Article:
Swedish model for PSA testing has little effect on mortality
The spontaneous PSA testing that has been applied in Sweden in recent decades has only had a marginal effect on mortality. An organized screening focused on those who have the most to gain would, however, reduce the risk of dying from prostate cancer by over 40 percent. This is shown by studies at the University of Gothenburg.
In Sweden, national programs for screening of both cervical cancer (Pap smear tests) and breast cancer (mammography) are applied. A corresponding program for the screening of prostate cancer does not exist.
Many men instead have PSA tests on their own initiative, so-called opportunistic screening. However, there is no national recommendation on how such a test program should be formulated.
In several large studies, researchers at the Sahlgrenska Academy, University of Gothenburg, have tested organized PSA screening of 10,000 randomly chosen men in the Gothenburg region, and compared with the outcome in opportunistic screening.
Reduces risk of dying
The studies show that an organized test program both identifies more cancer cases in an early, curable phase and sharply reduces the risk of dying:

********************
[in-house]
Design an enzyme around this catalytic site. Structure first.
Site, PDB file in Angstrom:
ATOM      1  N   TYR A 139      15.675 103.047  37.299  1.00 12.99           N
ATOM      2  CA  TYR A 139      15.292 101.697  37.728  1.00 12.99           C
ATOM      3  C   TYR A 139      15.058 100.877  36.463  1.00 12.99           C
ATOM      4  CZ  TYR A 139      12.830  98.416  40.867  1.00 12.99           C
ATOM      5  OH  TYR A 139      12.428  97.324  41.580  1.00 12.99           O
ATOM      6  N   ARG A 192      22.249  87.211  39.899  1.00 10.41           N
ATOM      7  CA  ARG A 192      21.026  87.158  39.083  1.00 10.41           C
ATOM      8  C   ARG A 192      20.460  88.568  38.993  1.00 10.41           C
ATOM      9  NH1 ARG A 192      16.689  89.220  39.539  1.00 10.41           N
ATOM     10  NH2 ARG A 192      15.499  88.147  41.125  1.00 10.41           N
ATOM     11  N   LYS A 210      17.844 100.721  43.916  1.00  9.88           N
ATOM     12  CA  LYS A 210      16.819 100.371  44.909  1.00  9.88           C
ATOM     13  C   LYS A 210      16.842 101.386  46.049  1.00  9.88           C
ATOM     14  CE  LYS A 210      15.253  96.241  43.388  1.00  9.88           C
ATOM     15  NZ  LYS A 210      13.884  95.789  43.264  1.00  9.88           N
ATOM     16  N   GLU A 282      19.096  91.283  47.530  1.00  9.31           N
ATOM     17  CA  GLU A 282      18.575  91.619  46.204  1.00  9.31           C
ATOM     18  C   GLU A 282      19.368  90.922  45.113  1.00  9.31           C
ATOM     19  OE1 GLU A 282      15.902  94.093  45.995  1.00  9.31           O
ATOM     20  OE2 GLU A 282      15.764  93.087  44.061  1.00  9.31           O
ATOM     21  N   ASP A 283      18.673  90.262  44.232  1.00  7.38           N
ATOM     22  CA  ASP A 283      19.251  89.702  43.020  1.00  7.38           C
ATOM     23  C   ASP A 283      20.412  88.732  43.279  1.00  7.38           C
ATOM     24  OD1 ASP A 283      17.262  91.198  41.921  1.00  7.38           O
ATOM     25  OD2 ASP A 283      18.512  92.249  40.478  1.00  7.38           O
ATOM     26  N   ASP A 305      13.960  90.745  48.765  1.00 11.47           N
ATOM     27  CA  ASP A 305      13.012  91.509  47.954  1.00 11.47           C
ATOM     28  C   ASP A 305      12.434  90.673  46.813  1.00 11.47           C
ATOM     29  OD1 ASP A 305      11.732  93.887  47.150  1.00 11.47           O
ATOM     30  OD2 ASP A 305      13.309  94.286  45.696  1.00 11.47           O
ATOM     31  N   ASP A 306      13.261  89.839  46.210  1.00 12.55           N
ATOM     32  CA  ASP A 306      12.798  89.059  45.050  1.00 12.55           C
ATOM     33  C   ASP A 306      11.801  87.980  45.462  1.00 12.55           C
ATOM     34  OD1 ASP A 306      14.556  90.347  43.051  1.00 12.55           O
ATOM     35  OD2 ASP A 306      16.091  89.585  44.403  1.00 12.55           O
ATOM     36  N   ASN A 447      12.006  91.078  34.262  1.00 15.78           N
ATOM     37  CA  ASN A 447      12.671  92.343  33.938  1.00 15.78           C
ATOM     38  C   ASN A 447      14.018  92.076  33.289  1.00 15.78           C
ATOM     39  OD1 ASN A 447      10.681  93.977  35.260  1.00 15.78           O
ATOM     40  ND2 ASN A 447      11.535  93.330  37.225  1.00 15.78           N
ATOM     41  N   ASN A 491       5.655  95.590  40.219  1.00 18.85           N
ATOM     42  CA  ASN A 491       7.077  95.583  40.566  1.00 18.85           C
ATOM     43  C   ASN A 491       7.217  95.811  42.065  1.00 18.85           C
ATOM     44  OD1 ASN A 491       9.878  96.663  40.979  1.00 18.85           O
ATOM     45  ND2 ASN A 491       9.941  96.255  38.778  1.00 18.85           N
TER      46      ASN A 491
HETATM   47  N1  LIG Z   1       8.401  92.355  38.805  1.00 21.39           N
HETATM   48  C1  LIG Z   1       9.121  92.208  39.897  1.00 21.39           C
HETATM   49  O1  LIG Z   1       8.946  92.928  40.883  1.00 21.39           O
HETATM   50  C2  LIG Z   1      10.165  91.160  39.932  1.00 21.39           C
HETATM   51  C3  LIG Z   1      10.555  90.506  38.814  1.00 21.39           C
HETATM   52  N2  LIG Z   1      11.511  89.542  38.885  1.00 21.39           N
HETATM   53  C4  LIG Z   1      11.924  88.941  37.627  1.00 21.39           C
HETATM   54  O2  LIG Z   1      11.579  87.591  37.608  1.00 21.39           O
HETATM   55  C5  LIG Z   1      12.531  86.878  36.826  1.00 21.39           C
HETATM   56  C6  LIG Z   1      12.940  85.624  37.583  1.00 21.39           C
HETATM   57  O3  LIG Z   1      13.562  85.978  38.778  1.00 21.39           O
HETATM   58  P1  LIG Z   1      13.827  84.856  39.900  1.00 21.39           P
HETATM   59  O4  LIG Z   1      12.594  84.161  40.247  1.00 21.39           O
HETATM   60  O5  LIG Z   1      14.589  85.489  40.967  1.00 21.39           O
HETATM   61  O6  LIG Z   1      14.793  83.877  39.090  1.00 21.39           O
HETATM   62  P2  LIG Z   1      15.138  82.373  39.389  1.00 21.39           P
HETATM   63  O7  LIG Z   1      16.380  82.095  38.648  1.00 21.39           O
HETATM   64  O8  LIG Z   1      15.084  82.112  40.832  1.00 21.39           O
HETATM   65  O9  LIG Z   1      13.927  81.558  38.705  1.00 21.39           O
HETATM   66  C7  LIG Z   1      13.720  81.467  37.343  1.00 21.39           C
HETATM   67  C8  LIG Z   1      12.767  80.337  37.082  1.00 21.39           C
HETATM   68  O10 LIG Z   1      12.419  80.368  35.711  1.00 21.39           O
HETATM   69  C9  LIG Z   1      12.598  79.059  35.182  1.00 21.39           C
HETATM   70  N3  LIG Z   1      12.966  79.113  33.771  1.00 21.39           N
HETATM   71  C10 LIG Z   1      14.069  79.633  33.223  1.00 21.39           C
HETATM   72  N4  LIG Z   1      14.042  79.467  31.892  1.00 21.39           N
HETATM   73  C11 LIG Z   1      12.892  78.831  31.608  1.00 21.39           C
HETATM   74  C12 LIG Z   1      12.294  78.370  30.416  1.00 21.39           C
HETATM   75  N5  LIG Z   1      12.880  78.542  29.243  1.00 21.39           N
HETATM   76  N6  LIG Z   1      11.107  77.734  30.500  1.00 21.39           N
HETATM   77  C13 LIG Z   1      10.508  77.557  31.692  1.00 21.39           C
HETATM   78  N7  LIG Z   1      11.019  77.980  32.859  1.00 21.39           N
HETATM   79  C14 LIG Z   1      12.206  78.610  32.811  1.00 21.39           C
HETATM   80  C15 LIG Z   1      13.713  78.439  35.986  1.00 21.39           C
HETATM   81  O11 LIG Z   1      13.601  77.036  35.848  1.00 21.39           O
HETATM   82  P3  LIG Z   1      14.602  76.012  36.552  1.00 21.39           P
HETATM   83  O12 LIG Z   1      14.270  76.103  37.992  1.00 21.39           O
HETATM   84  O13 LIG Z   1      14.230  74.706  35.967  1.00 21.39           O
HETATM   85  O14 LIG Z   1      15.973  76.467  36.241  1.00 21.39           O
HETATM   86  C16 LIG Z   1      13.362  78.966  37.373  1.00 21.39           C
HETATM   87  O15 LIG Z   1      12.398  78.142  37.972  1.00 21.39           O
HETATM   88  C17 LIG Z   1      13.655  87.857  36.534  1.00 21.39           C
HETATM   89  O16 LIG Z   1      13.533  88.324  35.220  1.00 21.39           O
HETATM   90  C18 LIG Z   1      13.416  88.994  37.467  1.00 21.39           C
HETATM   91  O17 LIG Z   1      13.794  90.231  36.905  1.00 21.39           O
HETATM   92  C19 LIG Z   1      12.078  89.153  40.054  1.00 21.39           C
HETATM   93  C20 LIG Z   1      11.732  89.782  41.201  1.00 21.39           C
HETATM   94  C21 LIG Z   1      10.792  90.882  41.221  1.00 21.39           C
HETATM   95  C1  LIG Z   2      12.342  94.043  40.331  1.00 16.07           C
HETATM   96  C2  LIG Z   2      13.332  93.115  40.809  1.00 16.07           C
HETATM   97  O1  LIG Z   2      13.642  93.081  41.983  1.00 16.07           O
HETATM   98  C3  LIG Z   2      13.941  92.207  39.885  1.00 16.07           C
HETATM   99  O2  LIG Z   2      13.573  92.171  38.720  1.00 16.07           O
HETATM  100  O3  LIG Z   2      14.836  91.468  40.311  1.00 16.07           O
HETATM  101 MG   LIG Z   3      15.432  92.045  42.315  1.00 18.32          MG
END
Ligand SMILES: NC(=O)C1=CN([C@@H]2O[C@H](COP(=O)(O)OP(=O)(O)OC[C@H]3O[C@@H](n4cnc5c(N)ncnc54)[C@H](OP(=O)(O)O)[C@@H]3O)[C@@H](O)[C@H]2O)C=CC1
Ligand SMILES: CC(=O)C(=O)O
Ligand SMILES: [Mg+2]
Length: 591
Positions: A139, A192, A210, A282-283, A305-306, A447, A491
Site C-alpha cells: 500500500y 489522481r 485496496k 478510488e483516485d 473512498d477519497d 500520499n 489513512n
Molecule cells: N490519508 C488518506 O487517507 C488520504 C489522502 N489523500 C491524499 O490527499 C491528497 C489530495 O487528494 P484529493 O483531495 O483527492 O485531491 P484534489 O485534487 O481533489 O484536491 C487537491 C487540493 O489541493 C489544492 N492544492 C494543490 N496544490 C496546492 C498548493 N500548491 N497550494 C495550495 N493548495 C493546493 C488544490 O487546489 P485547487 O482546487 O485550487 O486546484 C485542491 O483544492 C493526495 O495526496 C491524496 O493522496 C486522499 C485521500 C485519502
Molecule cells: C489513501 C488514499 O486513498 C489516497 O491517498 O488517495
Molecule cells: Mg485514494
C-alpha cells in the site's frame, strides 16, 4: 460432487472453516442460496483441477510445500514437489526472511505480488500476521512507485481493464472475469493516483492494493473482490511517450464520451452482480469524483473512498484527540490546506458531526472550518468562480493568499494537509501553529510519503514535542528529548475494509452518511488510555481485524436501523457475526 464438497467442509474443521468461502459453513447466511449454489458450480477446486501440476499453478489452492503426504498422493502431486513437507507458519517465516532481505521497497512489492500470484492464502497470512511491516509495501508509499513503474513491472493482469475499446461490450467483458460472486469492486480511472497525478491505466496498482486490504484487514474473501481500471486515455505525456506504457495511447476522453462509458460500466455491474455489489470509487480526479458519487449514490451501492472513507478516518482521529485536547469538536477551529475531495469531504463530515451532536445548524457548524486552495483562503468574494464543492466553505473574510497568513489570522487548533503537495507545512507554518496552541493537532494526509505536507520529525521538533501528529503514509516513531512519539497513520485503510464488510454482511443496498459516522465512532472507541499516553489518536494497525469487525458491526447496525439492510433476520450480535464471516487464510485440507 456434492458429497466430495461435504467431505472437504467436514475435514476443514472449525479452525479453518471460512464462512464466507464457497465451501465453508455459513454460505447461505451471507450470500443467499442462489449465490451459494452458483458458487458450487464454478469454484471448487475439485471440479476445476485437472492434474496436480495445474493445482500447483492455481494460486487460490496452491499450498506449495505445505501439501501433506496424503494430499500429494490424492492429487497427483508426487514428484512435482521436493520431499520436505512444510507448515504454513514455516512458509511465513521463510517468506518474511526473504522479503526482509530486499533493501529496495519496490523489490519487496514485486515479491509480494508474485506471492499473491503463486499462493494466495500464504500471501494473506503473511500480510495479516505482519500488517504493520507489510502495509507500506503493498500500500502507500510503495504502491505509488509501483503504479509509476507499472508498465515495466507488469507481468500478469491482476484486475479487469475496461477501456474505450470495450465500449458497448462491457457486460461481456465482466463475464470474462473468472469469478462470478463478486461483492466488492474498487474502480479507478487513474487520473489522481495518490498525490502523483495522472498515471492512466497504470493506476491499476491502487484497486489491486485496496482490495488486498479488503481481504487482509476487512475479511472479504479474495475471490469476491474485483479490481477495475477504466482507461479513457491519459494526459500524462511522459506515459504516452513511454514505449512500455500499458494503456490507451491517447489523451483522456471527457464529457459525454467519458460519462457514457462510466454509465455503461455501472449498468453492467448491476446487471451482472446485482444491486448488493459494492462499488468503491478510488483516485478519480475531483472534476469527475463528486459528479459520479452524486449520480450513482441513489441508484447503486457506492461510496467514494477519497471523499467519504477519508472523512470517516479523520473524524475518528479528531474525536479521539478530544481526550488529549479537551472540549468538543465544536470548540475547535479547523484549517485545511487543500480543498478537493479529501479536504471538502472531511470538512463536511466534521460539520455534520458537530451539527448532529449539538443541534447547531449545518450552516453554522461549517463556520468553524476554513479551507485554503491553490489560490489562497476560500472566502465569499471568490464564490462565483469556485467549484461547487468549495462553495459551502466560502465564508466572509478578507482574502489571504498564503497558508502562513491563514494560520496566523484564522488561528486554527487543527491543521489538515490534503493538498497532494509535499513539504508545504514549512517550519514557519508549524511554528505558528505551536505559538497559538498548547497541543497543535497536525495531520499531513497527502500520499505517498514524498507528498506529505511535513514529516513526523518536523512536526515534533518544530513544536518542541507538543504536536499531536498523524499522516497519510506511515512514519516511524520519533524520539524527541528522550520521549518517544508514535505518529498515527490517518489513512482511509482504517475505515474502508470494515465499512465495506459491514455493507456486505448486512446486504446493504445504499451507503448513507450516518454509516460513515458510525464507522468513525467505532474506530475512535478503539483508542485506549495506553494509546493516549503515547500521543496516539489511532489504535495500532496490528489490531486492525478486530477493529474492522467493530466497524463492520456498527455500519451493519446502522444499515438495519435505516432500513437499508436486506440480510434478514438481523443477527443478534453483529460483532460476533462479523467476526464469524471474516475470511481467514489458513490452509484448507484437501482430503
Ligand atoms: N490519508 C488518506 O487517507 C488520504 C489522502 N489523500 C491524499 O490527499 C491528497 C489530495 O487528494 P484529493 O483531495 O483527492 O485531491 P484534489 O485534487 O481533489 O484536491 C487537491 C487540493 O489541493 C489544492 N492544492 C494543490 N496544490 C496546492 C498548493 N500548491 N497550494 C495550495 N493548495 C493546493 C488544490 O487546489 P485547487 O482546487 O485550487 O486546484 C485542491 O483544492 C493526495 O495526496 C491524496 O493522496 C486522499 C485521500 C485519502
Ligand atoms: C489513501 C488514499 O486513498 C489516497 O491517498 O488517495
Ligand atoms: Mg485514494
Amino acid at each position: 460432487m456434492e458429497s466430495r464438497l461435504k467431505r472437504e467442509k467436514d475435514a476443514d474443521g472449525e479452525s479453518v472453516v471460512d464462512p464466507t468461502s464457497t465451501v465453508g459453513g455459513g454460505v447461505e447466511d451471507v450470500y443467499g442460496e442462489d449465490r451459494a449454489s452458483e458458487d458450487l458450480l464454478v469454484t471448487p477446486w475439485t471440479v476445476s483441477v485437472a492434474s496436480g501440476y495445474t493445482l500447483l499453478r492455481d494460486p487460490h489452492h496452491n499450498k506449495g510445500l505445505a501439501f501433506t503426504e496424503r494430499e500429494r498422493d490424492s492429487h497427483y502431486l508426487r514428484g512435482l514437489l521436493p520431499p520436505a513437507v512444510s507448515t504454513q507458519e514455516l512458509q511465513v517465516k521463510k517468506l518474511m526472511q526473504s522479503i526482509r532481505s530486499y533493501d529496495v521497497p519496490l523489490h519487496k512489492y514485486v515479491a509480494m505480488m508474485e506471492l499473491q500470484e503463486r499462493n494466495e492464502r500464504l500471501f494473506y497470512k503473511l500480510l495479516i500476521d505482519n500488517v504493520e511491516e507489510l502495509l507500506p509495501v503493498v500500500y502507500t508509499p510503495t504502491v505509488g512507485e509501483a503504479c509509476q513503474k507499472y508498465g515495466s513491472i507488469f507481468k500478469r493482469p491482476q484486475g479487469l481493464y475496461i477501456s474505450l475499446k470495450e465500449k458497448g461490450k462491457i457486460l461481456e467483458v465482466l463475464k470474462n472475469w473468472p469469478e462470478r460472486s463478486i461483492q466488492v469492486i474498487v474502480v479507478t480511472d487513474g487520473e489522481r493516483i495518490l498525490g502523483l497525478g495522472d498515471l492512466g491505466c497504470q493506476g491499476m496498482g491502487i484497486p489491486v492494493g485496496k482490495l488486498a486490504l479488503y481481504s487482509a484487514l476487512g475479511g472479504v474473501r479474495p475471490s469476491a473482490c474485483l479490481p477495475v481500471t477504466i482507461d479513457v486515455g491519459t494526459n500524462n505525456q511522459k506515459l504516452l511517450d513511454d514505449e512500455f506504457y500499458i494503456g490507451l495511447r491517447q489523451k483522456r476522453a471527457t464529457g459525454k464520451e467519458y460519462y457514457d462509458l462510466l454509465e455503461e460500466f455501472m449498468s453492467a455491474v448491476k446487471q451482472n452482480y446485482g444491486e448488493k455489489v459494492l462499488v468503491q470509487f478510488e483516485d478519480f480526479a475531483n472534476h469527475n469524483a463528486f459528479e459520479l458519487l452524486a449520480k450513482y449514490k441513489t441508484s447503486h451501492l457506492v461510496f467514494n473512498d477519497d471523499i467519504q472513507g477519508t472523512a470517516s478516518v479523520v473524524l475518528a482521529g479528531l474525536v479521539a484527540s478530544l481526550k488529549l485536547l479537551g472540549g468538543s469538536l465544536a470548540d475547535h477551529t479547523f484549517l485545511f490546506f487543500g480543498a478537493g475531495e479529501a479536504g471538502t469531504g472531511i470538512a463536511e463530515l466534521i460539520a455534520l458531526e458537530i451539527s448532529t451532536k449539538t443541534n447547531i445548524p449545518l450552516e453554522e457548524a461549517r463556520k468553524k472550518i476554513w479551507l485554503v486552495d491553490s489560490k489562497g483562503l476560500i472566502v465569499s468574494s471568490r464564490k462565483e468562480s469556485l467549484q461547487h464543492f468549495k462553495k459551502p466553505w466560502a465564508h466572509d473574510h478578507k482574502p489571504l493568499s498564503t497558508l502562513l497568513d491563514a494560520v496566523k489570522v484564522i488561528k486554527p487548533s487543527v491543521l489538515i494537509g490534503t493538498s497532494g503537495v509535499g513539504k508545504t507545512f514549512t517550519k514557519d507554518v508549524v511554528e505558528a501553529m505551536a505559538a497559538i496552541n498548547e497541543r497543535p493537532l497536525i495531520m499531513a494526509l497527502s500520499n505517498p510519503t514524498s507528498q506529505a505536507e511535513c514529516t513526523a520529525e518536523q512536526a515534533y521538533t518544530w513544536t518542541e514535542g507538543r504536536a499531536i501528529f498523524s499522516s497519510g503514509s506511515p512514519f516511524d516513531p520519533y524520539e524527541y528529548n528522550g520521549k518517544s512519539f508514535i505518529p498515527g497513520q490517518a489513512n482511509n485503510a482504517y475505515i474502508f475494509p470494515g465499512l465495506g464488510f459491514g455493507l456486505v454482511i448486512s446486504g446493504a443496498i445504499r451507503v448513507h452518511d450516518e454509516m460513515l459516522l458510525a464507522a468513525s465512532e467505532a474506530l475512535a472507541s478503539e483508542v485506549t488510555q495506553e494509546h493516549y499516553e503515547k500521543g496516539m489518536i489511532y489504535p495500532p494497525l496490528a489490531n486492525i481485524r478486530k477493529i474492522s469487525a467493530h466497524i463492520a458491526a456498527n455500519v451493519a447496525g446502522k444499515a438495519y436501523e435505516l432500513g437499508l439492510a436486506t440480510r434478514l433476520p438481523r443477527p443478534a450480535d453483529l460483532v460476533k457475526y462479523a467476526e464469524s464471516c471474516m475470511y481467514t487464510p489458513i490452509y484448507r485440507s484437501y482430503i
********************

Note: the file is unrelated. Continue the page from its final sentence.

- In the group of men that was offered organized PSA screening, the risk of dying from prostate cancer decreased by 42 percent. In the group that was exposed to opportunistic screening, only a marginally reduced mortality was seen.
- Converted to a calculation example, one prostate cancer death per 13 men diagnosed with prostate cancer was prevented in organized screening compared with one prostate cancer death per 23 diagnosed men prevented in opportunistic screening.
"The opportunistic PSA screening that we have used in Sweden for 20 years is simply not effective, and has only marginally reduced the risk of men dying from the disease," says Rebecka Arnsrud Godtman who is publishing the studies in her dissertation.
The opportunistic screening also leads to a larger proportion of men being unnecessarily diagnosed with prostate cancer. Besides the mental strain from being diagnosed with cancer, these men are at risk of living with the side-effects of a treatment for the rest of their lives, without actually getting any positive effects, according to Rebecka Arnsrud Godtman.
The Gothenburg researchers' conclusion is that the PSA screening in Sweden should take place in an organized program where men are regularly invited for tests. Screening should start at a relatively young age, around 50, and take place with frequent checks. To minimize the risks of overdiagnosis, older men and men with other diseases should not undergo PSA screening.
The risk of overtreatment can be reduced through so-called active surveillance, where diagnosed men are under careful observation and only treated if the tumor shows signs of becoming more aggressive. According to the dissertation, a full 60 percent of the tumors found in organized PSA screening can be handled with active monitoring.